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04.06.2023 | טו סיון התשפג

New on the Market: Beer Produced from Ancient Yeast

A unique experience awaits beer enthusiasts and history lovers as a research team and brewery collaborate to recreate ancient flavors using yeast extracted from vessels dating back some 5,000 years

בירה משמרים עתיקים

A research team and a brewery are collaborating to recreate high-quality beer using yeast extracted from pottery dating back thousands of years. Leading this endeavour is Prof. Aren Maeir of Bar-Ilan University, along with researchers from the Hebrew University, Tel Aviv University, and the Israel Antiquities Authority.

Microbiologists Prof. Ronen Hazan and Prof. Michael Klutstein of the Hebrew University’s Faculty of Dental Medicine successfully identified yeast on ancient beer and honey wine jugs discovered across Israel.

These vessels span different historical periods, ranging from 3,100 BC to the 4th century BCE, and were found in various locations such as Ein-Bashur in the Negev, excavations on HaMasger  Street in Tel Aviv, Tell es-Safi/Gath, and Ramat Rachel.

Beer was a popular beverage in ancient times, both locally and in various parts of the world. Evidence of an extensive beer industry has been discovered in Mesopotamia and ancient Egypt as early as the 4th millennium BCE. Beer held significant nutritional value and was consumed by men, women, and even children. It served religious, ritualistic, and even medicinal purposes.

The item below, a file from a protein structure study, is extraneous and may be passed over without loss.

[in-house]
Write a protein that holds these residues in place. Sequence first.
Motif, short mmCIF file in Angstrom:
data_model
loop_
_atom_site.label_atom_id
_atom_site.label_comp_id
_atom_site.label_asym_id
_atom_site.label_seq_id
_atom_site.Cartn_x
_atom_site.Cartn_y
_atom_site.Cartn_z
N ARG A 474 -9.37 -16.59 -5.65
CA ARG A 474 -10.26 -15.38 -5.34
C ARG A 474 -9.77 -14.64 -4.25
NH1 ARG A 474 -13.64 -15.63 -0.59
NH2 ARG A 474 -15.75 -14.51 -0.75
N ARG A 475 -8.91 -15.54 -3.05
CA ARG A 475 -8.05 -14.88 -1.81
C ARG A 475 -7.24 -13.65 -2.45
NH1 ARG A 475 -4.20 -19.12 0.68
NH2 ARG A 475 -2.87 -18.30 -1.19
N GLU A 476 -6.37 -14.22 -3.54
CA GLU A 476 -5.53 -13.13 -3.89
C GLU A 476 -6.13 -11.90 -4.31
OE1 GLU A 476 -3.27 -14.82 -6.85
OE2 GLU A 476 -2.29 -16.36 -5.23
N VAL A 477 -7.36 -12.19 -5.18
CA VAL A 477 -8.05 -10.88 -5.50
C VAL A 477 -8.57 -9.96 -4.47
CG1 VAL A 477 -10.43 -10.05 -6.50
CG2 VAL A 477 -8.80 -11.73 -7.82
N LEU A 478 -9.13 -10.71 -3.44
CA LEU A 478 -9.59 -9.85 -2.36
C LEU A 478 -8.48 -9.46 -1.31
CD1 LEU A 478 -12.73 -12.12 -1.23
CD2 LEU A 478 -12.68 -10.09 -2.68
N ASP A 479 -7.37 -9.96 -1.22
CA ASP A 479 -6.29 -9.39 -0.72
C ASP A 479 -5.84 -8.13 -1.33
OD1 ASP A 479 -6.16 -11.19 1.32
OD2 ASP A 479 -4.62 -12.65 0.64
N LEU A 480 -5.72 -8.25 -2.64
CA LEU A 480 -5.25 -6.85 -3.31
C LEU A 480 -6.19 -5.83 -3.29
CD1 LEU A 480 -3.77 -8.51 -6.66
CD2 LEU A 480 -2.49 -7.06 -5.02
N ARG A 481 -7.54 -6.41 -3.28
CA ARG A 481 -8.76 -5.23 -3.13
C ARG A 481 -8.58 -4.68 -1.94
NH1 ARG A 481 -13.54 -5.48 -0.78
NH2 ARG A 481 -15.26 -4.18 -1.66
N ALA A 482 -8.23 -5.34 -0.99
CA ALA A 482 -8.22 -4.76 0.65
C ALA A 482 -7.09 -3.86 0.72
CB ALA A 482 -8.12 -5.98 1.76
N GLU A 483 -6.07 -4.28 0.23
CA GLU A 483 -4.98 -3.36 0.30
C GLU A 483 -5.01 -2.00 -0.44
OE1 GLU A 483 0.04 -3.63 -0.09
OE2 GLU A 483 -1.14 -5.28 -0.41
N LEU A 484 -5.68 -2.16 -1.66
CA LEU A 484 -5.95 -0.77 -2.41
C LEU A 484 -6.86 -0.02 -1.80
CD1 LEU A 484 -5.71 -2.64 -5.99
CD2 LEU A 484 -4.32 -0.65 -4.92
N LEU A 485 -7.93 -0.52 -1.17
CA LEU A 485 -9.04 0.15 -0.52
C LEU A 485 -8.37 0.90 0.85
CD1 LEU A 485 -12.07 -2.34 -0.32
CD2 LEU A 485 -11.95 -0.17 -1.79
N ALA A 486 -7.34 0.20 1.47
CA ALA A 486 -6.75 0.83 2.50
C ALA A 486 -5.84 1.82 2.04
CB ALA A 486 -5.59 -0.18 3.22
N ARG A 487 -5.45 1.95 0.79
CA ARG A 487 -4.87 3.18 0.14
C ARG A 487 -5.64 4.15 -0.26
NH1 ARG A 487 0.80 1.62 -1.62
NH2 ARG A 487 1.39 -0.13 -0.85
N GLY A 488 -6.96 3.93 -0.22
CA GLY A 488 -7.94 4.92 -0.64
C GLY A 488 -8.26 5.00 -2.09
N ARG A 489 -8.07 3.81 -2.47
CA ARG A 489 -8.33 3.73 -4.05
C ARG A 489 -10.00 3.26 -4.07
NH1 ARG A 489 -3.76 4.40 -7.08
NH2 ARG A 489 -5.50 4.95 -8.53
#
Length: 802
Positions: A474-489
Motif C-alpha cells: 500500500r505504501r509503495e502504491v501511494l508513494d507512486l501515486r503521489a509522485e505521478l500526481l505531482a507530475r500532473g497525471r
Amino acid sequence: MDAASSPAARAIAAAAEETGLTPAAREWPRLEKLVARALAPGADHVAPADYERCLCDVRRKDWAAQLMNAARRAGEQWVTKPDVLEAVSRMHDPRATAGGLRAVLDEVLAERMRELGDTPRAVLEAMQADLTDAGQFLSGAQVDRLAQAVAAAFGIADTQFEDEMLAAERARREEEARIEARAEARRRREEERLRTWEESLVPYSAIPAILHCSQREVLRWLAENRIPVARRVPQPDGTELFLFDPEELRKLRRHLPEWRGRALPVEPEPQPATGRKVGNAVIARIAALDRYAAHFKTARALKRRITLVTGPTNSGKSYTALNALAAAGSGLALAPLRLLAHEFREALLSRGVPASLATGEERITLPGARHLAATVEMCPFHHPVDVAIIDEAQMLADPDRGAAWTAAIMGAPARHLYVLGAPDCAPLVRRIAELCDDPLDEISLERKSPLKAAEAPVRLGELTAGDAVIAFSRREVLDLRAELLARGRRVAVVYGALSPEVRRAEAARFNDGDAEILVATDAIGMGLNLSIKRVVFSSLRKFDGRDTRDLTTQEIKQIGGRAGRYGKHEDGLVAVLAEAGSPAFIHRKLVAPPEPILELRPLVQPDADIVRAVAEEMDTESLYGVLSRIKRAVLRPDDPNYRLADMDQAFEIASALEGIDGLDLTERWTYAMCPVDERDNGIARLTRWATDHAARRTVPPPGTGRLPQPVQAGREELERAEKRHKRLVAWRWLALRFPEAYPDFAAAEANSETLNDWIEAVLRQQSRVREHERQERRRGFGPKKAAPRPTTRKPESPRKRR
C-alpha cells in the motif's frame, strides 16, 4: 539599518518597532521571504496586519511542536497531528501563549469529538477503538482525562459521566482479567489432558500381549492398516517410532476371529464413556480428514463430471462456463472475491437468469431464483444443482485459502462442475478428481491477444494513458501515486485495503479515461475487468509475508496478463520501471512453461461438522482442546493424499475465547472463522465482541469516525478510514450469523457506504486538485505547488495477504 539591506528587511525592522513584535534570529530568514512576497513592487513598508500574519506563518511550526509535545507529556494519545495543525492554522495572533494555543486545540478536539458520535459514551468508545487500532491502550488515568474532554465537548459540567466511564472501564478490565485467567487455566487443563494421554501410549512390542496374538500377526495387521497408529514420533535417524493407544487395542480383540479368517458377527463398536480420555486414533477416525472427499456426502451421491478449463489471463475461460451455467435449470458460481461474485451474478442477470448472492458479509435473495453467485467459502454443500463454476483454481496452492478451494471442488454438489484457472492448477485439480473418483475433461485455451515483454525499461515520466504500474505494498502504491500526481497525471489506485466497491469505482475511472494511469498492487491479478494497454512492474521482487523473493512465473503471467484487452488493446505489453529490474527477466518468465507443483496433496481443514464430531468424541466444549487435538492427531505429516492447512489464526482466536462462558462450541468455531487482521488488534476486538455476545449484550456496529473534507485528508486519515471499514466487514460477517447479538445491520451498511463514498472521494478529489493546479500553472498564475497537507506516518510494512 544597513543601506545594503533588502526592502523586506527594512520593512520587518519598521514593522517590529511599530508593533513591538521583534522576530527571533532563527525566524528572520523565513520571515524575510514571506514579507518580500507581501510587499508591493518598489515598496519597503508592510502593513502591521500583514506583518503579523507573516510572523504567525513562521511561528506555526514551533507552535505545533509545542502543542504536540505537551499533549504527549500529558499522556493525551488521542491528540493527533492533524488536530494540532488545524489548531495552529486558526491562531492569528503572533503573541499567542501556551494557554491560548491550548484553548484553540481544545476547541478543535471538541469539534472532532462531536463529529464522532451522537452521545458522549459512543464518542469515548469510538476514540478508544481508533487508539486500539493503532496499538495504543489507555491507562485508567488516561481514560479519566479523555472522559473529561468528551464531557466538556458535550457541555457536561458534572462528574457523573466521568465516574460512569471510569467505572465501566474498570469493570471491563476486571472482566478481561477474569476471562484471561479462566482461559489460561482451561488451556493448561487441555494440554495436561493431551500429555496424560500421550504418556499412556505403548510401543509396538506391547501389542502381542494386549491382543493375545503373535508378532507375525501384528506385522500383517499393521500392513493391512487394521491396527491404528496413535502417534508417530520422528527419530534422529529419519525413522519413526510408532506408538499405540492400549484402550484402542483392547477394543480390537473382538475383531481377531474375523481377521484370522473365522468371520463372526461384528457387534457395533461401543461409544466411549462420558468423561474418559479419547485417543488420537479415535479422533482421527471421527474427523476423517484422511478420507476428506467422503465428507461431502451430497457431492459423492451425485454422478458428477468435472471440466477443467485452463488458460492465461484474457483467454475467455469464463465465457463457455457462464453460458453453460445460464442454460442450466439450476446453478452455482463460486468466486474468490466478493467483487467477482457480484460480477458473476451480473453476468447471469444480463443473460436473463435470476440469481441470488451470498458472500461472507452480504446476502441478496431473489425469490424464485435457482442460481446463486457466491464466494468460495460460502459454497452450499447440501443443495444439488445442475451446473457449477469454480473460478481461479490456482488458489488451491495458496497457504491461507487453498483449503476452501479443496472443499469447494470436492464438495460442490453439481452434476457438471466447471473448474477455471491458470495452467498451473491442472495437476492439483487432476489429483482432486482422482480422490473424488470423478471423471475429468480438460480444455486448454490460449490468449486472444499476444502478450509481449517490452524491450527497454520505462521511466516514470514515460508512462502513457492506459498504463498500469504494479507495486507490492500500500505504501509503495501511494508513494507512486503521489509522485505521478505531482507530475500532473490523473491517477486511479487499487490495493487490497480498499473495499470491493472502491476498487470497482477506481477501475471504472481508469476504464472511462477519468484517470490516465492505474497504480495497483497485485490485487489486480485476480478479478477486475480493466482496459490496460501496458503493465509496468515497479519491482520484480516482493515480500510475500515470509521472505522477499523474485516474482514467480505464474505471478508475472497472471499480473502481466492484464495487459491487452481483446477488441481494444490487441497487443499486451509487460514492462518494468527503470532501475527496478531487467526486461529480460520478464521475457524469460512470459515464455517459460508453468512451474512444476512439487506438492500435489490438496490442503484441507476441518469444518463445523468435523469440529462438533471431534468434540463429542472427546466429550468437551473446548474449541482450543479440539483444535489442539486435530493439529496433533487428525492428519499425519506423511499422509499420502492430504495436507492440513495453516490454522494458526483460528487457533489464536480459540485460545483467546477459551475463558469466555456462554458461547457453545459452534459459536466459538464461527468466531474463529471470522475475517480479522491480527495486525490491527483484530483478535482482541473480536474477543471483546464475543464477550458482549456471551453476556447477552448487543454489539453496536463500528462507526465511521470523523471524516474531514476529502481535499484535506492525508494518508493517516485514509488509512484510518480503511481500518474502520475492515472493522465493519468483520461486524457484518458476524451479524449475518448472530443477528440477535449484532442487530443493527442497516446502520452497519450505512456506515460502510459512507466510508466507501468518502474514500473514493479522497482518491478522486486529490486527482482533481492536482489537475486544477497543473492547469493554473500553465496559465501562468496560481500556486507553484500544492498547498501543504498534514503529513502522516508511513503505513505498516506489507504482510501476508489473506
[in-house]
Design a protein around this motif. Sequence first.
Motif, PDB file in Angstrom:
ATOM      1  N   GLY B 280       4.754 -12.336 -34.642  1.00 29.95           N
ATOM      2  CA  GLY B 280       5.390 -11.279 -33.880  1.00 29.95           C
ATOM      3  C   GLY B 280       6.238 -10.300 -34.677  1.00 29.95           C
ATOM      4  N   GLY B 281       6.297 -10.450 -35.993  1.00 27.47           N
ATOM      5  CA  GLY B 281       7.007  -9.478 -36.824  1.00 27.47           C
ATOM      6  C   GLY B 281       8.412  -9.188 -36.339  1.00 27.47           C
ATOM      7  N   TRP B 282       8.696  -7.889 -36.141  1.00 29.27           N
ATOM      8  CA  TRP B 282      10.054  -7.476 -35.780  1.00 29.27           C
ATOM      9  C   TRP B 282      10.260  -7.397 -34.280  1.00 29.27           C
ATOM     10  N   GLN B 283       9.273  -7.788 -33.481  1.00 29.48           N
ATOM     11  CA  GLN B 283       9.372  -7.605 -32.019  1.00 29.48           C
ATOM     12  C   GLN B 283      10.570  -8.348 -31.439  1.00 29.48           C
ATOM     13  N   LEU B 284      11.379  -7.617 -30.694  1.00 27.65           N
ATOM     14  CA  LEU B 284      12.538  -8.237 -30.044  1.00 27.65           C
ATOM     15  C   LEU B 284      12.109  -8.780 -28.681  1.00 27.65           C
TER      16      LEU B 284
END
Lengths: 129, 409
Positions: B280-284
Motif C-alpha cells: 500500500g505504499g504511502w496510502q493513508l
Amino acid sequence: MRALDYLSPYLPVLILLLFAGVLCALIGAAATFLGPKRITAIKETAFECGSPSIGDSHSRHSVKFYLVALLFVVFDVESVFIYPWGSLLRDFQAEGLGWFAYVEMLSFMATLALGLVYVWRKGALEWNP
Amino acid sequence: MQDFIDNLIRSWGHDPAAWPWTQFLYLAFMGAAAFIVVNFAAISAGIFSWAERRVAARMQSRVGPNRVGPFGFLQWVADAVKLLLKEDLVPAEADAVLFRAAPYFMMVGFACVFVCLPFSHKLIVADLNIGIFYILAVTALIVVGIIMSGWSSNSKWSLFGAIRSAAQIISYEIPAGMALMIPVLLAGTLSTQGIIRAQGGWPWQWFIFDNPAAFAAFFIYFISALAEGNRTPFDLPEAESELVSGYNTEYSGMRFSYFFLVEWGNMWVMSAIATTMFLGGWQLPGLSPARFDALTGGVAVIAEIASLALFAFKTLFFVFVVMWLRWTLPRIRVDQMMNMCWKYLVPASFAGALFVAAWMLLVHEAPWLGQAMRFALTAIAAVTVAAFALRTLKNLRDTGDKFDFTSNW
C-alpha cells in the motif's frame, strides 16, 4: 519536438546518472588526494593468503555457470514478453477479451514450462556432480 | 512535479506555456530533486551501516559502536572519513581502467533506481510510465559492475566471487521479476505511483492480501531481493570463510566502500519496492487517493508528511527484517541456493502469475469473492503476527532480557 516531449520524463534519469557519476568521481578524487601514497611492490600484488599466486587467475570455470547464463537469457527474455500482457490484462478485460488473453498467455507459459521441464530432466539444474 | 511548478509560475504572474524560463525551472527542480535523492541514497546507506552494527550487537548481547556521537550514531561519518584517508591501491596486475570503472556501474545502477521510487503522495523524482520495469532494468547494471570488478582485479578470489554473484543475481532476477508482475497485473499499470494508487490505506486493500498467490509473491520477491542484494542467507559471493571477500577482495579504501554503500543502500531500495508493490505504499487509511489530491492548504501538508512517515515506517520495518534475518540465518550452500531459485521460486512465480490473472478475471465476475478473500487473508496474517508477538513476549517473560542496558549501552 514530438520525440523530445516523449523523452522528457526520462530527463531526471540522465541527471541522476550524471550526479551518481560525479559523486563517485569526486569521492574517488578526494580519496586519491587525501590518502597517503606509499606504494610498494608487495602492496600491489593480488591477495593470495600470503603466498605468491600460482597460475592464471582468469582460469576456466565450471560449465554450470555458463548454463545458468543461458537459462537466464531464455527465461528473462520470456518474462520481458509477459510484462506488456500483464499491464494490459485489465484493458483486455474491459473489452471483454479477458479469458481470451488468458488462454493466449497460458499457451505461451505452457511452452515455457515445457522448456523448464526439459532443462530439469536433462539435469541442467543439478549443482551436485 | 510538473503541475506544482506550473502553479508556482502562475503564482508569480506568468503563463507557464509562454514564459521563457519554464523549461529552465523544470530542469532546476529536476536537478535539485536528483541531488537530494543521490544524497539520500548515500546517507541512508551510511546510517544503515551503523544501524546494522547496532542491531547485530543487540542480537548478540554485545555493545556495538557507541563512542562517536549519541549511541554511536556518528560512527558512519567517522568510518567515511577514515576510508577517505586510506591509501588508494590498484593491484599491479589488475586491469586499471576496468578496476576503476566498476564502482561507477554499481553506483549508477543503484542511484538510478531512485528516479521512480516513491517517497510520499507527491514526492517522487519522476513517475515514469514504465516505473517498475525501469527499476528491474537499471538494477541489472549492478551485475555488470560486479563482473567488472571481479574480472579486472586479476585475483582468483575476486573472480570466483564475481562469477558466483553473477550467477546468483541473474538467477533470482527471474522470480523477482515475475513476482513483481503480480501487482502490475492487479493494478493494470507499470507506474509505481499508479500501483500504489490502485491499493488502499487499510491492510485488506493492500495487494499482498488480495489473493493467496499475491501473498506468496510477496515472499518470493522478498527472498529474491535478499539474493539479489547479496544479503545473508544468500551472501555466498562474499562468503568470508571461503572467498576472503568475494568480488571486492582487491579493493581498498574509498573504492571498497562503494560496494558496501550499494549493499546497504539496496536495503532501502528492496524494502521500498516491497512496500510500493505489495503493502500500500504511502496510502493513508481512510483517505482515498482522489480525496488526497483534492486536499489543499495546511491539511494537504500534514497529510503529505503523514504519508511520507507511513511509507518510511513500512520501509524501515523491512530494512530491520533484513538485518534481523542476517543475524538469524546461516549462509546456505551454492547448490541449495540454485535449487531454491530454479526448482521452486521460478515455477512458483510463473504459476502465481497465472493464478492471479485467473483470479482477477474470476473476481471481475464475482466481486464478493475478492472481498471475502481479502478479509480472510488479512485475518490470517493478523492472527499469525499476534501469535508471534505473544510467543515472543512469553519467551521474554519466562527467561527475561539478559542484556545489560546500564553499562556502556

After years of research and development, the Shikma Brewery recently introduced HaMishte beer, or "The Feast" a beer brewed using ancient yeast. The origins of this beer lie in a Philistine brewery discovered in Tell es-Safi/Gath, renowned for producing exceptional beer. HaMishte is a Belgian ale-style beer crafted using a combination of malt compositions, including Israeli barley malt, and classic hop varieties.  It boasts a caramel taste with subtle bitterness, a full-bodied profile, and an alcohol content of 4.7%.

The researchers aim to continue utilizing this unique method to recreate ancient flavours from various cultures.

For those interested in delving deeper into this topic, HaMishte exhibition, curated by Nurith Goshen, has opened at the Israel Museum in Jerusalem on May 24th. The exhibition explores the culture of feasting throughout history and showcases rare archaeological artifacts related to feasting, including serving utensils, ancient banquet imagery, royal inscriptions, ancient recipes, contemporary artworks and items, and much more.